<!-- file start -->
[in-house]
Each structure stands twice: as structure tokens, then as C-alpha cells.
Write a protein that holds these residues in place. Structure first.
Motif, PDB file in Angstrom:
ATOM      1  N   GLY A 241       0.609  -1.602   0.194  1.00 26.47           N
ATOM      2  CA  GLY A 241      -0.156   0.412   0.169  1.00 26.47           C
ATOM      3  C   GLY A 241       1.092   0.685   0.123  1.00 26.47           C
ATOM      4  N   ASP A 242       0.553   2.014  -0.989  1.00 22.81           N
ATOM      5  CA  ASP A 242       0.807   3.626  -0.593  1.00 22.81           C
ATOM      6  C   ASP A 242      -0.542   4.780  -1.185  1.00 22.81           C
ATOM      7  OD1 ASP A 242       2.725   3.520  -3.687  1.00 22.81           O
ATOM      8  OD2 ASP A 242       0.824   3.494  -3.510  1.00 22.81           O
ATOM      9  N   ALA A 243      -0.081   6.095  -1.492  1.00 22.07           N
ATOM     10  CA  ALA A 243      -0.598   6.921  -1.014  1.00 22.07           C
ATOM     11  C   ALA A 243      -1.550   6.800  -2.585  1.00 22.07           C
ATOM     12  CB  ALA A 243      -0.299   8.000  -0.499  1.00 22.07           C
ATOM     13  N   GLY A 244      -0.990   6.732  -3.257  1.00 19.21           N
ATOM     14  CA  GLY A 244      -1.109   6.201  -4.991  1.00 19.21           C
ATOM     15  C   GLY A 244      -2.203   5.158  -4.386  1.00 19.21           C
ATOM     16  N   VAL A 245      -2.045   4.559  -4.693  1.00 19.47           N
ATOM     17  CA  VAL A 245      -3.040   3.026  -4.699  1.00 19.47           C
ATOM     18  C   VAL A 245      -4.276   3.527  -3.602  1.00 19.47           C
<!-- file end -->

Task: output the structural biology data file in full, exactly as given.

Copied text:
[in-house]
Each structure stands twice: as structure tokens, then as C-alpha cells.
Write a protein that holds these residues in place. Structure first.
Motif, PDB file in Angstrom:
ATOM      1  N   GLY A 241       0.609  -1.602   0.194  1.00 26.47           N
ATOM      2  CA  GLY A 241      -0.156   0.412   0.169  1.00 26.47           C
ATOM      3  C   GLY A 241       1.092   0.685   0.123  1.00 26.47           C
ATOM      4  N   ASP A 242       0.553   2.014  -0.989  1.00 22.81           N
ATOM      5  CA  ASP A 242       0.807   3.626  -0.593  1.00 22.81           C
ATOM      6  C   ASP A 242      -0.542   4.780  -1.185  1.00 22.81           C
ATOM      7  OD1 ASP A 242       2.725   3.520  -3.687  1.00 22.81           O
ATOM      8  OD2 ASP A 242       0.824   3.494  -3.510  1.00 22.81           O
ATOM      9  N   ALA A 243      -0.081   6.095  -1.492  1.00 22.07           N
ATOM     10  CA  ALA A 243      -0.598   6.921  -1.014  1.00 22.07           C
ATOM     11  C   ALA A 243      -1.550   6.800  -2.585  1.00 22.07           C
ATOM     12  CB  ALA A 243      -0.299   8.000  -0.499  1.00 22.07           C
ATOM     13  N   GLY A 244      -0.990   6.732  -3.257  1.00 19.21           N
ATOM     14  CA  GLY A 244      -1.109   6.201  -4.991  1.00 19.21           C
ATOM     15  C   GLY A 244      -2.203   5.158  -4.386  1.00 19.21           C
ATOM     16  N   VAL A 245      -2.045   4.559  -4.693  1.00 19.47           N
ATOM     17  CA  VAL A 245      -3.040   3.026  -4.699  1.00 19.47           C
ATOM     18  C   VAL A 245      -4.276   3.527  -3.602  1.00 19.47           C